Note that since a candidate can't be pairwise compared to themselves (for example candidate A can't be compared to candidate A), the cell that indicates this comparison is always empty.
To identify which candidate wins a specific pairwise matchup, such as between candidates A and B, subtract the value of B>A from A>B. If the resulting value is positive, then candidate A won the matchup. If it is zero, then there is a pairwise tie. If the result is negative, then candidate B won the matchup. (See the Terminology section for details.)
Sometimes only the "dominance relation" (wins, losses, and ties) is shown, rather than the exact numbers. So for example, if A beat B in their pairwise matchup, it'd be possible to write "Win" (or a green checkmark) in the A>B cell and "Loss" (or a red X) in the B>A cell.
Example with numbers[edit | edit source]
Imagine that Tennessee is having an election on the location of its capital. The population of Tennessee is concentrated around its four major cities, which are spread throughout the state. For this example, suppose that the entire electorate lives in these four cities, and that everyone wants to live as near the capital as possible.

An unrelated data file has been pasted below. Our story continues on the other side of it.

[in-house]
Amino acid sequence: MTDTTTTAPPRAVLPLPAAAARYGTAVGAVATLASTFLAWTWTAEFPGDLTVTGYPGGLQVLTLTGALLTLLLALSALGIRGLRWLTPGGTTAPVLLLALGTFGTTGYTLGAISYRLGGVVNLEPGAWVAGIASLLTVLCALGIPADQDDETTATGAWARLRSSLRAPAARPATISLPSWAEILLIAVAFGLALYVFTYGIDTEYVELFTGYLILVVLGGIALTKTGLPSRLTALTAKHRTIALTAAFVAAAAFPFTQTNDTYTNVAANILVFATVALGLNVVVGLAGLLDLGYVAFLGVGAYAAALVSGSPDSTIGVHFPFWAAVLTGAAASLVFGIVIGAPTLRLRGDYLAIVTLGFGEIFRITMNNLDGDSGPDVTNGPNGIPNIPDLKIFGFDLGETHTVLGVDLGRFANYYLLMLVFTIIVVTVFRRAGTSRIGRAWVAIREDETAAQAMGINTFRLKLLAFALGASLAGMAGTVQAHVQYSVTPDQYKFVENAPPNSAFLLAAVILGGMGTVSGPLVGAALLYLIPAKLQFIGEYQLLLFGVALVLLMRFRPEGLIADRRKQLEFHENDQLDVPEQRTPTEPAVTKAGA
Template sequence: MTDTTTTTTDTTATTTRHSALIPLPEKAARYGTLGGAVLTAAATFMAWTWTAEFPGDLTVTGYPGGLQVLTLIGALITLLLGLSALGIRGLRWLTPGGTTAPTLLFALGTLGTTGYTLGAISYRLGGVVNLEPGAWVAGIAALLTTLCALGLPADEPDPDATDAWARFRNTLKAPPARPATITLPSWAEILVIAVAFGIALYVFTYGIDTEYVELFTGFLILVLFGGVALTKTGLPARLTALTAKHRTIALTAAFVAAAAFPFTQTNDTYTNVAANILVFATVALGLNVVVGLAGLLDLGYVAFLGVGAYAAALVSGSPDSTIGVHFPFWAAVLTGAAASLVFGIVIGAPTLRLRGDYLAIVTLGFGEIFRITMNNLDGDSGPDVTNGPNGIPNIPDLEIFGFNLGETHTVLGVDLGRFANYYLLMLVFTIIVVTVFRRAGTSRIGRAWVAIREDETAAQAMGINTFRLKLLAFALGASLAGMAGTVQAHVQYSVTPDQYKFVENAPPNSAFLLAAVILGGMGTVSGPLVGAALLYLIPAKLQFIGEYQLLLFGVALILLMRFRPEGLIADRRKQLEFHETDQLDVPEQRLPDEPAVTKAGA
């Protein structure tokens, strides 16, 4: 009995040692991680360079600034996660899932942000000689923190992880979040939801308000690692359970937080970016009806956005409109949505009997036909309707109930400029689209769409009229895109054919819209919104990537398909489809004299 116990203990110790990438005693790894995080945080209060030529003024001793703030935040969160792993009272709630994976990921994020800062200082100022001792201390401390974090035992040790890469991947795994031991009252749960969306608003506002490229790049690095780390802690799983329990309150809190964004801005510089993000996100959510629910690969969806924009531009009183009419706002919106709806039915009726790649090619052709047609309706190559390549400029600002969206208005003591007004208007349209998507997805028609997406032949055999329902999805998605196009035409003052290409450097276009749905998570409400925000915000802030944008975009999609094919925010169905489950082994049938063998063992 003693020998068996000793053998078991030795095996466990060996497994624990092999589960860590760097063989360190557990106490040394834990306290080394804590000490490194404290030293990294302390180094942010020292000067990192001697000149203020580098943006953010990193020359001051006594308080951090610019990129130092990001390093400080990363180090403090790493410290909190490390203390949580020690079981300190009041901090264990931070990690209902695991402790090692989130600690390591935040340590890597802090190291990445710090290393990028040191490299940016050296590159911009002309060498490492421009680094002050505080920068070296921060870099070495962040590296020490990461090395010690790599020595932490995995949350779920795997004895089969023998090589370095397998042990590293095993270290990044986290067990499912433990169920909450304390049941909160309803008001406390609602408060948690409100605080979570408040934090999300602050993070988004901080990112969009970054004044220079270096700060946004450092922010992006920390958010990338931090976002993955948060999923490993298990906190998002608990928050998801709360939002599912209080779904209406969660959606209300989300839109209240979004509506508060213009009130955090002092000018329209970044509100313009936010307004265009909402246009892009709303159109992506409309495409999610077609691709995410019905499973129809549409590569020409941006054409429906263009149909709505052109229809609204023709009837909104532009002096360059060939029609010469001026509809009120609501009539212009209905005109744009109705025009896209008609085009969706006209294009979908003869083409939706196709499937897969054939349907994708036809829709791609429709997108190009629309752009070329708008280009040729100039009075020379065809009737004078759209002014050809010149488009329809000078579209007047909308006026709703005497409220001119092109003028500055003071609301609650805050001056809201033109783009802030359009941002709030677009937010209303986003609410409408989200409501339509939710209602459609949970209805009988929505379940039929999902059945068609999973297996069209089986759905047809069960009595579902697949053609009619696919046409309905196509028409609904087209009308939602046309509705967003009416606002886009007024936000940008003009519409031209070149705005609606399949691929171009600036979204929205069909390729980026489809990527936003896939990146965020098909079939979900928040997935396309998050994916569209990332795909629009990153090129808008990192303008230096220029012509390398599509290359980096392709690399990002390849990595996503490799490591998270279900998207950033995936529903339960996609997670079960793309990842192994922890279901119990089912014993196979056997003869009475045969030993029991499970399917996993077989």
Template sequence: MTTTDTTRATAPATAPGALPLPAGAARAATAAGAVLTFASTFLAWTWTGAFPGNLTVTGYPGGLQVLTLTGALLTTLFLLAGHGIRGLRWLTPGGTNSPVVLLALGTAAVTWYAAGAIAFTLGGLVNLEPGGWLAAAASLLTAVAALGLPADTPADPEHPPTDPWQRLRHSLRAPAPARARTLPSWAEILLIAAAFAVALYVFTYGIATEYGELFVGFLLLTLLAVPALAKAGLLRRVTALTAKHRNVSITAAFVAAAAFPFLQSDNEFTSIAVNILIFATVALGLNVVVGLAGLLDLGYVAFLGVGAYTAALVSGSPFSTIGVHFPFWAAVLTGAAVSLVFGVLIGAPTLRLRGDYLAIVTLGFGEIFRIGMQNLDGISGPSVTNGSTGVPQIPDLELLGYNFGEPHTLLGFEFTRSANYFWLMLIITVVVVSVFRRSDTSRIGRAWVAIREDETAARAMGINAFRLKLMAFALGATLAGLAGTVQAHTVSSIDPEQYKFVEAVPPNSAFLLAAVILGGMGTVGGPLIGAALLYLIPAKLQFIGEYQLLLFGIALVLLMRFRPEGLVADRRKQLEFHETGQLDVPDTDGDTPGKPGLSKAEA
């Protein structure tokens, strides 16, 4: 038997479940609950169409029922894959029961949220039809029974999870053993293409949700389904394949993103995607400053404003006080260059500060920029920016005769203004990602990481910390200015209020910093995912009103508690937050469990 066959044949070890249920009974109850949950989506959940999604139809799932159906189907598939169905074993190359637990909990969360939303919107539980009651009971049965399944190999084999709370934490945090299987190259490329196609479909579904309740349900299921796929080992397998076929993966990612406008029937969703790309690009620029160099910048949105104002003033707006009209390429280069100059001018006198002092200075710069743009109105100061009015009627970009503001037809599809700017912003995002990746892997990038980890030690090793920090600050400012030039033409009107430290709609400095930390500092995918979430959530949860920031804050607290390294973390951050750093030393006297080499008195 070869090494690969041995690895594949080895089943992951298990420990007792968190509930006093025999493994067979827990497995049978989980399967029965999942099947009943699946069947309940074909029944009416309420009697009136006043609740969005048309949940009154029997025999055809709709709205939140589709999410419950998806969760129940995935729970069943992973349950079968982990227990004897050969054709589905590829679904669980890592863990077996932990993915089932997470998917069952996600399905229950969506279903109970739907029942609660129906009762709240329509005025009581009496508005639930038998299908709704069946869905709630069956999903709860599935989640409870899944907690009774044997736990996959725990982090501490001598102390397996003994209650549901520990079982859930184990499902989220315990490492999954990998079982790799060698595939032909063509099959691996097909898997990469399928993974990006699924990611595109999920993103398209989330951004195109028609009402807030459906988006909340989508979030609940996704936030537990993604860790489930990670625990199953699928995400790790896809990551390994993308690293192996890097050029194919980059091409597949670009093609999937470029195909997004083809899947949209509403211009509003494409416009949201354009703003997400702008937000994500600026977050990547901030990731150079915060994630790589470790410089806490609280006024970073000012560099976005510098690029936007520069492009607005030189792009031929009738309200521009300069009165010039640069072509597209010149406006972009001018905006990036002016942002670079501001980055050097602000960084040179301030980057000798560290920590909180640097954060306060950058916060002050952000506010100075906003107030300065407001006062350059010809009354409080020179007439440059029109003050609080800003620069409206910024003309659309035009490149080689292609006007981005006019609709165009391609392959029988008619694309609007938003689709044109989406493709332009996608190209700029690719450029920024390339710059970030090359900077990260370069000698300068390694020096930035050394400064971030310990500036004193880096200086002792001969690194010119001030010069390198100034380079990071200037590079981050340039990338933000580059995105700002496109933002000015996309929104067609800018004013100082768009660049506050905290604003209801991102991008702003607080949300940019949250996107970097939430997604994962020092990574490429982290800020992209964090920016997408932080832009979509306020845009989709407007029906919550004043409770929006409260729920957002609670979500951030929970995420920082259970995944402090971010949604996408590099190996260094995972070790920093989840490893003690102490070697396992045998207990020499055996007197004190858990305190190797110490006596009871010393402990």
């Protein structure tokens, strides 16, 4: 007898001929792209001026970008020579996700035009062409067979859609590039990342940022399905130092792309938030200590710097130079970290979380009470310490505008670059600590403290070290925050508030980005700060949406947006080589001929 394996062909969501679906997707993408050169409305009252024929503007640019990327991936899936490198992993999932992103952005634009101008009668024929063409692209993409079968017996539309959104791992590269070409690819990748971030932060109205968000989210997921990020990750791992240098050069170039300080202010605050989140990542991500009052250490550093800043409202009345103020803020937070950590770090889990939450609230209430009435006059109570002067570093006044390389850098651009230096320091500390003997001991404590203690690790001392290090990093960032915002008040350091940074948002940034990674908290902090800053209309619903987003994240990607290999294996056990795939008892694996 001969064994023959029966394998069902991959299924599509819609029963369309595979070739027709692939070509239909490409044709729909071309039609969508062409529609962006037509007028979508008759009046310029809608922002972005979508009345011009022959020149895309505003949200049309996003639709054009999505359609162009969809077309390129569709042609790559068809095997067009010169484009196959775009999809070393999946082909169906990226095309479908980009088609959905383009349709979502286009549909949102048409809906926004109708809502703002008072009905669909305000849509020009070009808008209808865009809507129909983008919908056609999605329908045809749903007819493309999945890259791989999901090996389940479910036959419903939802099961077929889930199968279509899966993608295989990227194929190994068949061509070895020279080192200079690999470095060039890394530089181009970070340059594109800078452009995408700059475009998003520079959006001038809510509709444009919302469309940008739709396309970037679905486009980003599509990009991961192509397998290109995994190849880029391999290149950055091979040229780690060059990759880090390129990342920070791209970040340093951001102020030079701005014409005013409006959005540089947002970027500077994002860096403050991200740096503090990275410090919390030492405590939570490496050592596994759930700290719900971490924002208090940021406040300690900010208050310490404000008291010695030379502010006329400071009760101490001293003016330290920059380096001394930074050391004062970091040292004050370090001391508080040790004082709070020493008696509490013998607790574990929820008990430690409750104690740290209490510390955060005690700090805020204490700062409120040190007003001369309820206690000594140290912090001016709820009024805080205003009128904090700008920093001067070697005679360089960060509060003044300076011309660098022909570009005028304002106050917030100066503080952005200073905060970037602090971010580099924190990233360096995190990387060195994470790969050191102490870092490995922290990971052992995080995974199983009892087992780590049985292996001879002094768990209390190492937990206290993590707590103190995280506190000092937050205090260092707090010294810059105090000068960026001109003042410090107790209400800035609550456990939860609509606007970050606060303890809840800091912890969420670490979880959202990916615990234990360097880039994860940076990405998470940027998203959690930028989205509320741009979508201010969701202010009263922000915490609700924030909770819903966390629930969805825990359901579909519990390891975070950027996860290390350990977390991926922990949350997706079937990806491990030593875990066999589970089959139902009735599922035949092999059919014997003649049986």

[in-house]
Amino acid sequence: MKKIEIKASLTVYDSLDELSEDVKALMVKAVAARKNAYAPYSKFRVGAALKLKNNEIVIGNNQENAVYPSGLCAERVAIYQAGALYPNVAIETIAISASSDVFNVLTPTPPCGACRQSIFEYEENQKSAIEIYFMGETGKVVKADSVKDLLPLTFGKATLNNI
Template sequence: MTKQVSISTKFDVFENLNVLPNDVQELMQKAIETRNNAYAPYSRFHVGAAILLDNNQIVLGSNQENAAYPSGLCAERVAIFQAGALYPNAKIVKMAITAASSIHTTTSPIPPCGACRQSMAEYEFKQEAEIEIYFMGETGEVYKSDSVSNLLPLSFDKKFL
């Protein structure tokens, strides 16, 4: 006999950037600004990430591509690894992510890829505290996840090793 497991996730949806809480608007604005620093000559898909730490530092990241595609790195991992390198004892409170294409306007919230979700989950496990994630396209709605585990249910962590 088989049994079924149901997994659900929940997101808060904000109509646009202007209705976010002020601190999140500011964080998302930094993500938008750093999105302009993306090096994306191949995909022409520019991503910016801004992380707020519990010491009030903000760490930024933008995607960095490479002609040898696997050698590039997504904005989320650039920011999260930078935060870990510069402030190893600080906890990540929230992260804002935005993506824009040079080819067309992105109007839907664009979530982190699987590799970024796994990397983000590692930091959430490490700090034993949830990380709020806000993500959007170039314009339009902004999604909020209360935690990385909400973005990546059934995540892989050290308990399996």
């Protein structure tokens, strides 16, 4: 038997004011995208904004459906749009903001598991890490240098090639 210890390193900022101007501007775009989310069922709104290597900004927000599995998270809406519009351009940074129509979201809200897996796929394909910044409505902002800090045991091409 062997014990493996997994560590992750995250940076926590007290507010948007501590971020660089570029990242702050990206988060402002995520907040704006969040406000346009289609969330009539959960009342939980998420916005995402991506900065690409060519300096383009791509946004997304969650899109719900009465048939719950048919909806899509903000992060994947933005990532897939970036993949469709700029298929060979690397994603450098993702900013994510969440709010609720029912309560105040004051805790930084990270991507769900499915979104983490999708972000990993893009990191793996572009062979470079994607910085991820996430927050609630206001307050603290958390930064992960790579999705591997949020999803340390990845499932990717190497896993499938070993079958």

The candidates for the capital are:
- Memphis, the state's largest city, with 42% of the voters, but located far from the other cities
- Nashville, with 26% of the voters, near the center of Tennessee
- Knoxville, with 17% of the voters
- Chattanooga, with 15% of the voters
The preferences of the voters would be divided like this:
|42% of voters
(close to Memphis)
|26% of voters
(close to Nashville)
|15% of voters
(close to Chattanooga)
|17% of voters|
(close to Knoxville)
These ranked preferences indicate which candidates the voter prefers. For example, the voters in the first column prefer Memphis as their 1st choice, Nashville as their 2nd choice, etc. As these ballot preferences are converted into pairwise counts they can be entered into a table.
The following square-grid table displays the candidates in the same order in which they appear above.
|... over Memphis||... over Nashville||... over Chattanooga||... over Knoxville|
|Prefer Memphis ...||-||42%||42%||42%|